NEW YORK--While some say that this year’s MLB All-Star rosters have a little bit of everything, some critics are pointing out that the rosters for both the American and National League teams contain one glaring and embarrassing omission: women. According to a recent survey by Katherine Phillips of Columbia University, not a single one of the total 68 players invited to the All-Star game is female.
“In our research regarding the 2017 MLB All-Star rosters, we’ve found that out of 68 players, there are zero women,” said Phillips, a researcher who has studied the effects of diversity on group dynamics. “Furthermore the ballots themselves contained zero women. It is alarming but not surprising. There has never been a woman on a Major League Baseball All-Star ballot, and it looks like the boy’s club mentality remains in full effect here. And it's not like they didn't have the opportunity. I mean, there are those relief pitchers on the roster who only pitch to lefty’s, right? A woman could do that.”
According to Phillips, groups that have robust gender diversity dynamics perform better in problem-solving exercises.
“Generally the presence of someone of a different gender, race, or religious affiliation in a group causes the rest of the group to be more open and receptive to ideas that would normally seem foreign to them,” Phillips said. “Accordingly, a baseball team with a woman playing, say, third base might entertain some innovative new ways of getting a runner out at first, like, for example, passive-aggressively guilting him into running back to the dugout.”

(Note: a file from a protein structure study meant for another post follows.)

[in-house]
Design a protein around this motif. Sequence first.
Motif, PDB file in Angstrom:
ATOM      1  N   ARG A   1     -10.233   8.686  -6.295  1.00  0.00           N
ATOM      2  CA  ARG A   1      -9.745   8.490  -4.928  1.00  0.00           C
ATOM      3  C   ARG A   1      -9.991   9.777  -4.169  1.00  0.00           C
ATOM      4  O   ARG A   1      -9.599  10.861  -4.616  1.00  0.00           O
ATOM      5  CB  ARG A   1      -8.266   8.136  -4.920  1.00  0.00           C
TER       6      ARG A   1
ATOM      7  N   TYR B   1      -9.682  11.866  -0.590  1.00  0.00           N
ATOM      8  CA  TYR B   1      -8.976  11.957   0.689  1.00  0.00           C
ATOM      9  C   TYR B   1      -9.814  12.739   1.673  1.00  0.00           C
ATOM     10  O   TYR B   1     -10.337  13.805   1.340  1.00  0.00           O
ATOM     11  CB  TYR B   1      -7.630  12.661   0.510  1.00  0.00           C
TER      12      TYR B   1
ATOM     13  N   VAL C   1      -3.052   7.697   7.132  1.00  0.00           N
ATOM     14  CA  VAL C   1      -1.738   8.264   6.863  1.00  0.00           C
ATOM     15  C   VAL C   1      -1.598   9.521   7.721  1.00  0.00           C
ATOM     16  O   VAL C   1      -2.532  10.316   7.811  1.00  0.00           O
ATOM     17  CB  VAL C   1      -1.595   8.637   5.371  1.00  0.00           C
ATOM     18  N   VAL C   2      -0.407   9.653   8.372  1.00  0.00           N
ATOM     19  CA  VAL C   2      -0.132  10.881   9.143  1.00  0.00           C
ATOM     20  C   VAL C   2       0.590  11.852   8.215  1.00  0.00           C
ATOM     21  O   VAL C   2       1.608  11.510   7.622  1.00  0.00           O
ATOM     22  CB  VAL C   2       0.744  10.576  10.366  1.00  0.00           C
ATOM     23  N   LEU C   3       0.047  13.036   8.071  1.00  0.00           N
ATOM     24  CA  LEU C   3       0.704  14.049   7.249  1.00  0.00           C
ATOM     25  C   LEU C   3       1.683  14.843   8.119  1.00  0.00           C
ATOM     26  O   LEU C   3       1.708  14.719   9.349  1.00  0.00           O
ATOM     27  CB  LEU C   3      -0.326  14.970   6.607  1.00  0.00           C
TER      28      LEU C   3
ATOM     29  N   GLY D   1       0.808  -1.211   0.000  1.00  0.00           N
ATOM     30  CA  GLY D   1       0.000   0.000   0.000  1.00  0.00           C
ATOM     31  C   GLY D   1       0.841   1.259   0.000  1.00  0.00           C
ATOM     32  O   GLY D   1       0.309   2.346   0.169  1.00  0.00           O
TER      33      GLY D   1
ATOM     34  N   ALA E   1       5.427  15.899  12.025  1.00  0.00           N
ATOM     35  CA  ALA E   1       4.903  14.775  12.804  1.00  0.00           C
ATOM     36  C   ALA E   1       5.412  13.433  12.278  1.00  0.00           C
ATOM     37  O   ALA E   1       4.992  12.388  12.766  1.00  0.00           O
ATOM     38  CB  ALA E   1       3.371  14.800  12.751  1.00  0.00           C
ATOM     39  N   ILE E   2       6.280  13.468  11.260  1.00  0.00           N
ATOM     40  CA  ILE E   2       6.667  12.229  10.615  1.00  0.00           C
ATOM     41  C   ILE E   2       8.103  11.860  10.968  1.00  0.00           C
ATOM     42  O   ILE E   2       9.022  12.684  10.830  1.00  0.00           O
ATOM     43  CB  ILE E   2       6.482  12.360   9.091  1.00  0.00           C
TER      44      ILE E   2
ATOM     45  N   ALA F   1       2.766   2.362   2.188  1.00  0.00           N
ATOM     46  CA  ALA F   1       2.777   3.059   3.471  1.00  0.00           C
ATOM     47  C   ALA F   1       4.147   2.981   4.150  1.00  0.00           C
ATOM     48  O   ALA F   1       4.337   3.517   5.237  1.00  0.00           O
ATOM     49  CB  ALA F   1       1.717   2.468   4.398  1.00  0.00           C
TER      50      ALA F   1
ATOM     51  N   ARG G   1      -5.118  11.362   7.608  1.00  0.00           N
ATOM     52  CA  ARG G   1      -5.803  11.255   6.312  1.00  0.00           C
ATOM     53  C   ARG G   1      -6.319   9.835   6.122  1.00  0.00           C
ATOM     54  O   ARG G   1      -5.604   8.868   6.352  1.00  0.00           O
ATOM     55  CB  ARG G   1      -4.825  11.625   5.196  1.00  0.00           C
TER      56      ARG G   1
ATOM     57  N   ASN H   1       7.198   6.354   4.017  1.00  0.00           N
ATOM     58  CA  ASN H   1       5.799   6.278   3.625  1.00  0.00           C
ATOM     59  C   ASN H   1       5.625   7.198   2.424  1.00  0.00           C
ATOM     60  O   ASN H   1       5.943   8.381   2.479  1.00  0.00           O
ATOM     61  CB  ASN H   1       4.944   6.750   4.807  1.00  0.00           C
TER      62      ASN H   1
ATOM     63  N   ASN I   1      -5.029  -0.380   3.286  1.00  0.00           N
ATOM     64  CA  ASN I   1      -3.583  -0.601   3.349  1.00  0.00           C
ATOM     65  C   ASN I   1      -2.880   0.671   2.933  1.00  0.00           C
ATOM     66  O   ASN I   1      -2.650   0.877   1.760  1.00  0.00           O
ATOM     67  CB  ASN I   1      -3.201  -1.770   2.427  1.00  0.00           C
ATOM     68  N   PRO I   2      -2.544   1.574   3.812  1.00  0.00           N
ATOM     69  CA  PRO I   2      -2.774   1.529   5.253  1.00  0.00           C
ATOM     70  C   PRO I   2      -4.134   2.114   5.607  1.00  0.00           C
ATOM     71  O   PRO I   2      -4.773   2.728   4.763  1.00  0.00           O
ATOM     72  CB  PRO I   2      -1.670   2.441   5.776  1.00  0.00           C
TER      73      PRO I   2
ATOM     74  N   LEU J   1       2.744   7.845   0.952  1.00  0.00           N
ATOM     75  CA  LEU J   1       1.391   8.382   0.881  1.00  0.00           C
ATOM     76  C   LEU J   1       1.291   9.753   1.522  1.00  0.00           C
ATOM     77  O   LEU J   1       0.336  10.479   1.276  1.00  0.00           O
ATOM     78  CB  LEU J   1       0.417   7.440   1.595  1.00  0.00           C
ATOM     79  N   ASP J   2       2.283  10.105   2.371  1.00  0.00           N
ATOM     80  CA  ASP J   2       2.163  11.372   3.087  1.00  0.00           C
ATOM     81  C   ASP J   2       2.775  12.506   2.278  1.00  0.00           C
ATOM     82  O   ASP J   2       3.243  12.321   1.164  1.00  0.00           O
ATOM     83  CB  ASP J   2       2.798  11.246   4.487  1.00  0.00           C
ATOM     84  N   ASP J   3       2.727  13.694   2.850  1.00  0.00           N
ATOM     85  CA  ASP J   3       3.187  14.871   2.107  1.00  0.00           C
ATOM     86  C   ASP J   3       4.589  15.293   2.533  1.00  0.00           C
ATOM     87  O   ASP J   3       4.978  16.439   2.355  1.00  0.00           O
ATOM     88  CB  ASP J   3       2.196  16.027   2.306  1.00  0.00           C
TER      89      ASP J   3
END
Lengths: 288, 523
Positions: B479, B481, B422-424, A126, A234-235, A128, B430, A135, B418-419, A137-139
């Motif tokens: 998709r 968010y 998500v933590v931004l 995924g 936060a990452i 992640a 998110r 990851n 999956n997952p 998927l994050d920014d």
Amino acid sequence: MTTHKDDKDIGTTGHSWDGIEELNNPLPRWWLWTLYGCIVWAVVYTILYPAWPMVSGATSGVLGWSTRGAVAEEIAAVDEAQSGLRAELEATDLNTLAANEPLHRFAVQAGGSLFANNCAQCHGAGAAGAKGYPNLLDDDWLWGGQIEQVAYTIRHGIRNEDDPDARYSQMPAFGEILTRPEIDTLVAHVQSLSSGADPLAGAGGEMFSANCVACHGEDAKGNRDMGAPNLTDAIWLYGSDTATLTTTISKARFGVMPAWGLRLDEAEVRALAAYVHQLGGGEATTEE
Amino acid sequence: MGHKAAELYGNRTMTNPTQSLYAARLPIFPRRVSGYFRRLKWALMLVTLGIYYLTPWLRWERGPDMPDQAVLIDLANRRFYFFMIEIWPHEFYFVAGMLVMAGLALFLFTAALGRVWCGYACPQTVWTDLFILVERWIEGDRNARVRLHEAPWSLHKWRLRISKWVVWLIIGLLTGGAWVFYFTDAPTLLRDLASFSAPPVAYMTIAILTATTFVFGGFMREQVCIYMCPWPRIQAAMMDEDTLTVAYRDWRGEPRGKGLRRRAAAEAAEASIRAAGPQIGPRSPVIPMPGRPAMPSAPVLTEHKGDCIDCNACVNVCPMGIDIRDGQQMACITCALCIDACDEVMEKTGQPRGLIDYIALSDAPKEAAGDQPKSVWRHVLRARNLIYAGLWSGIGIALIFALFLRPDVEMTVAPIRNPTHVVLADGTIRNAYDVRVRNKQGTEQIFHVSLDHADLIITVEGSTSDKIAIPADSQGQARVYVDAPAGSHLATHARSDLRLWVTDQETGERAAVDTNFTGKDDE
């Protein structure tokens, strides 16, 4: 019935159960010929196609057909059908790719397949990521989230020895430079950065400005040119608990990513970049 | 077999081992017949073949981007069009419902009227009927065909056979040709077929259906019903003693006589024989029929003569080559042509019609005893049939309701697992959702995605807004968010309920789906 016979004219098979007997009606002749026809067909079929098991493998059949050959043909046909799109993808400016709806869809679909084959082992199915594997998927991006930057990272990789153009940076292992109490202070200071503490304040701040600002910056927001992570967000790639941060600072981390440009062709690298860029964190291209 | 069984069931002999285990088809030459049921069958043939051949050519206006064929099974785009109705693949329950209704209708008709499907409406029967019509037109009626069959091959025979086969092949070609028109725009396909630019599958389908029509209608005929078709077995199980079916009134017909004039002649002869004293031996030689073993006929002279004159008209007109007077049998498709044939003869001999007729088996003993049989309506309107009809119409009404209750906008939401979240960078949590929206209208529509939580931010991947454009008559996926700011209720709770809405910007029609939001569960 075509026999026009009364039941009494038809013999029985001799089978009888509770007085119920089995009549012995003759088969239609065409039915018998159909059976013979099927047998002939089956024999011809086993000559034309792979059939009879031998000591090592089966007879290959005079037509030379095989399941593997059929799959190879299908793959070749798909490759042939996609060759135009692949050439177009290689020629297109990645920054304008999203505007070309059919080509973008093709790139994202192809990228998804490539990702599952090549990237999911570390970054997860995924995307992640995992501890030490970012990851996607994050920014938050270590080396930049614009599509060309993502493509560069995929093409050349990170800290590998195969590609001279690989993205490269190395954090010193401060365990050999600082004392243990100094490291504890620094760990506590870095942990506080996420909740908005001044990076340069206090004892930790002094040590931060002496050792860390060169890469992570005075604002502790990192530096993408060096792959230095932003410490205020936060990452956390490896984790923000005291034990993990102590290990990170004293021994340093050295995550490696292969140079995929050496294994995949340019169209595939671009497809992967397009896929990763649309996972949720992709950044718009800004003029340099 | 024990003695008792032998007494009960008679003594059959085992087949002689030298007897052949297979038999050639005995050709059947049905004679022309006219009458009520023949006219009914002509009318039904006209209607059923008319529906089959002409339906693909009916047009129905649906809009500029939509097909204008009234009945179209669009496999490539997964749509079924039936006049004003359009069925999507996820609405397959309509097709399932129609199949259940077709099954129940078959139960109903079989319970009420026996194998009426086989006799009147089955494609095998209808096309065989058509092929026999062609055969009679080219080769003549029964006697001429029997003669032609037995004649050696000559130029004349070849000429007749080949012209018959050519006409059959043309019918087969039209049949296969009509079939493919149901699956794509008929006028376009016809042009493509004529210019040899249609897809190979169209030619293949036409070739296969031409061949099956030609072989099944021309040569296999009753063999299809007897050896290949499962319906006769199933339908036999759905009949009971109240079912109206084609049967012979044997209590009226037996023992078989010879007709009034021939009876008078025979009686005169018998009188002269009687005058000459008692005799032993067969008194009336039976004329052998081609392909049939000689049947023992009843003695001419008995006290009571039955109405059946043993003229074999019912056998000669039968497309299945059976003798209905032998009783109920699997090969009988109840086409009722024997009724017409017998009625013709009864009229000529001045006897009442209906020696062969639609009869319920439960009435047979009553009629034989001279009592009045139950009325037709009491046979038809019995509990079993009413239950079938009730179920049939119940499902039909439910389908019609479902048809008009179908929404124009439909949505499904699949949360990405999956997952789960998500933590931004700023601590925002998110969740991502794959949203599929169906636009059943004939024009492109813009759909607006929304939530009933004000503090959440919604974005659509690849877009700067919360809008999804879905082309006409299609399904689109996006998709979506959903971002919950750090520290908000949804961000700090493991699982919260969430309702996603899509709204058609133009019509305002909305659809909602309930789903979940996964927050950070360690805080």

Phillips isn’t the only one. Marianne Cooper, a sociologist at the Clayman Institute for Gender Research, called the lack of women on the 2017 All-Star roster “outrageous.”
“It is completely outrageous that there are no women on these two teams,” Cooper said. “It is 2017, there are women in boardrooms, there are women in the White House, and there are women in front offices of sports leagues. But the 2017 MLB All-Star roster is a goddamn sausage-fest. And its not like there are no women to choose from. I have a cousin who's built like a brick shithouse. Surely she could play catcher for one of these teams.”
In 2016, commissioner Rob Manfred vowed to make Major League Baseball “a national leader in diversity and inclusion.” While his statements were welcome, his actions have fallen far short.
“It looks so far like Commissioner Manfred’s words were merely lip service,” said Mary Johnson, editor of Bizwomen.com. “There are only a few women in baseball front offices, and these All-Star ballots are a disgrace. Just look at these names. Aaron Judge: male. Clayton Kershaw: male. Justin Smoak: male. Yu Darvish….probably male. The list goes on. Meanwhile, there are guys in my Reiki class. Can someone please explain that?”
In response, MLB has suggested that people are focused too much with “identity politics” and not enough on the product on the field. One unnamed front office executive told the New York Times, “we’re not going to play the gender identity card, that’s not what this is about. What it’s about is the product we roll out to the American public every night and the quality of the game-play. I happen to think this is one of the best All Star teams ever. The talent is outstanding. What they have between their legs is immaterial, although we recommend cups or jock straps.”
Players on the team were reluctant to criticize the league’s selection criteria, though some did acknowledge the elephant in the room.
“You know it's not something I ever noticed until someone pointed it out to me,” said Nationals outfielder Bryce Harper. “But it's true. Let's see.....yep, no women. The good thing is, we have a lot of diversity in other areas. Like, we have a bunch of guys from other countries, we have a couple African-Americans, and we have a whole bunch of white dudes with totally different first names! Listen to this: Justin, Aaron, Mike, Corey, Jake, Corey, Cody, Josh, Brad, Corey, Justin...what an eclectic group!”
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